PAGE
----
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  • Author: Christian E. Guerrero-Castro
  • Publication Date: 11-2013
  • Content Type: Journal Article
  • Journal: Connections
  • Institution: Partnership for Peace Consortium of Defense Academies and Security Studies Institutes
  • Abstract: Most recent military actions have provided stark examples of the increasing power of communications in the public and governmental arena regarding the role that direct actors play in disputes characterized as “conflicts of interests.” These examples have also shown how communications can directly influence perceptions within the interna- tional system and among those who enjoy “freedom of action,” who are always pur- sued by an arsenal of immediate media technology. However, in a conflict of interests, nation-states act along political lines and use the tools of the “fields of action” (inter- nal, external, economic, and defense) to execute their national strategies, with the ob- jective of maintaining or pursuing political and strategic objectives. But how can we defend ourselves against communications, or use them to benefit our political-strategic interests?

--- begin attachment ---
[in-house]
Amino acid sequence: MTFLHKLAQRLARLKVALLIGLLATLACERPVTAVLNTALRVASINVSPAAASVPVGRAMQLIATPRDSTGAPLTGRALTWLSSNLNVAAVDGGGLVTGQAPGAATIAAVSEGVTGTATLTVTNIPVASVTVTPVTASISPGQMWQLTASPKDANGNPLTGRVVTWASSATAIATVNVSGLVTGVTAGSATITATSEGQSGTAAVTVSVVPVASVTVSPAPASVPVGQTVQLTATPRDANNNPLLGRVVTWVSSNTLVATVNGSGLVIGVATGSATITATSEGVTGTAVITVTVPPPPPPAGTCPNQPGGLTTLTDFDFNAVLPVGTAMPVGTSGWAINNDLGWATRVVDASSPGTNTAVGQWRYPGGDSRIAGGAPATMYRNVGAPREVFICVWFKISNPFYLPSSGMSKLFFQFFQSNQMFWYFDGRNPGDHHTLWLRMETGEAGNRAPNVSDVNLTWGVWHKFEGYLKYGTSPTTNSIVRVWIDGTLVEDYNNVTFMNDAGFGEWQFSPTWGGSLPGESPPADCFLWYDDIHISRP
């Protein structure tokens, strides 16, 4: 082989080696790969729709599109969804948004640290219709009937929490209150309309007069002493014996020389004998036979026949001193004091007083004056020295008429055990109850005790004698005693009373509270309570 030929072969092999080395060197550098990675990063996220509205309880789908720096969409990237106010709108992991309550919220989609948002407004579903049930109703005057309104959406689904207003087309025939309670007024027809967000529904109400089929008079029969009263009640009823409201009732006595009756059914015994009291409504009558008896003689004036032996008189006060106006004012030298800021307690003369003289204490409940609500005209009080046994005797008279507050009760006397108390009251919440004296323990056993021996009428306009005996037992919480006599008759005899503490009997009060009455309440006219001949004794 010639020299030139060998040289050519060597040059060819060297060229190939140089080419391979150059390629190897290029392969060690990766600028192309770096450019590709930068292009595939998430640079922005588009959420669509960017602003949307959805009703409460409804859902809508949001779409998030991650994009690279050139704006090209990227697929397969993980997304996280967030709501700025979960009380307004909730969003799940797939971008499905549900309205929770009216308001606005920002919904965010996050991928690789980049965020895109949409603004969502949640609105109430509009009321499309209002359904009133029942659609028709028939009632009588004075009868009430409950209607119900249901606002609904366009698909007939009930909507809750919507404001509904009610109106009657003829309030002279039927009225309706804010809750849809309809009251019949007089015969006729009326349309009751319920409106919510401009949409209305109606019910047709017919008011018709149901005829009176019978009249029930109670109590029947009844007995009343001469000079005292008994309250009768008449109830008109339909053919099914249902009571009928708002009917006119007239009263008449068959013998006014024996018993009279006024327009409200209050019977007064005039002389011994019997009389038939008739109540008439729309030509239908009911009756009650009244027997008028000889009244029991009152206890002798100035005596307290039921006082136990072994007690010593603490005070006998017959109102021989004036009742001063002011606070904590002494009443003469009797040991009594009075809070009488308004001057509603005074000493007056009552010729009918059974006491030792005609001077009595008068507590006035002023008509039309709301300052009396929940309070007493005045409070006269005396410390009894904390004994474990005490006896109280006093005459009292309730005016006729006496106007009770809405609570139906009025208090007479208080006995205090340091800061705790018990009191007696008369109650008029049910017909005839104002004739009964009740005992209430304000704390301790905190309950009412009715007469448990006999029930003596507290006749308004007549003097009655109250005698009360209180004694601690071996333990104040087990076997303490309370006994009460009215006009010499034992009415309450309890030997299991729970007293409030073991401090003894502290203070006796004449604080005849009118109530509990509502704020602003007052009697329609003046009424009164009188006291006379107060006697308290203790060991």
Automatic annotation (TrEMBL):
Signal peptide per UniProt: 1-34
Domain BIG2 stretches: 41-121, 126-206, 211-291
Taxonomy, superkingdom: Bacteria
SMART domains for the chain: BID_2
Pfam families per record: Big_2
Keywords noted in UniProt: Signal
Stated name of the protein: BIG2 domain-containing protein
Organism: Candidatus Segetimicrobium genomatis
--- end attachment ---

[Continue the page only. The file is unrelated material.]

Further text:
• Topic: Government
  • Political Geography: United States
  • Author: Giuseppe Caforio
  • Publication Date: 11-2013
  • Content Type: Journal Article
  • Journal: Connections
  • Institution: Partnership for Peace Consortium of Defense Academies and Security Studies Institutes
  • Abstract: The completion of a cross-national research study on a sizeable sample of military per- sonnel who had participated in asymmetric warfare operations has resulted in a variety and breadth of survey material that is deserving of further examination.1 Additional study of the data gathered in this research is particularly important in order to reconstruct the environment of this type of warfare, with special regard to the human impact of such conflicts on the participants.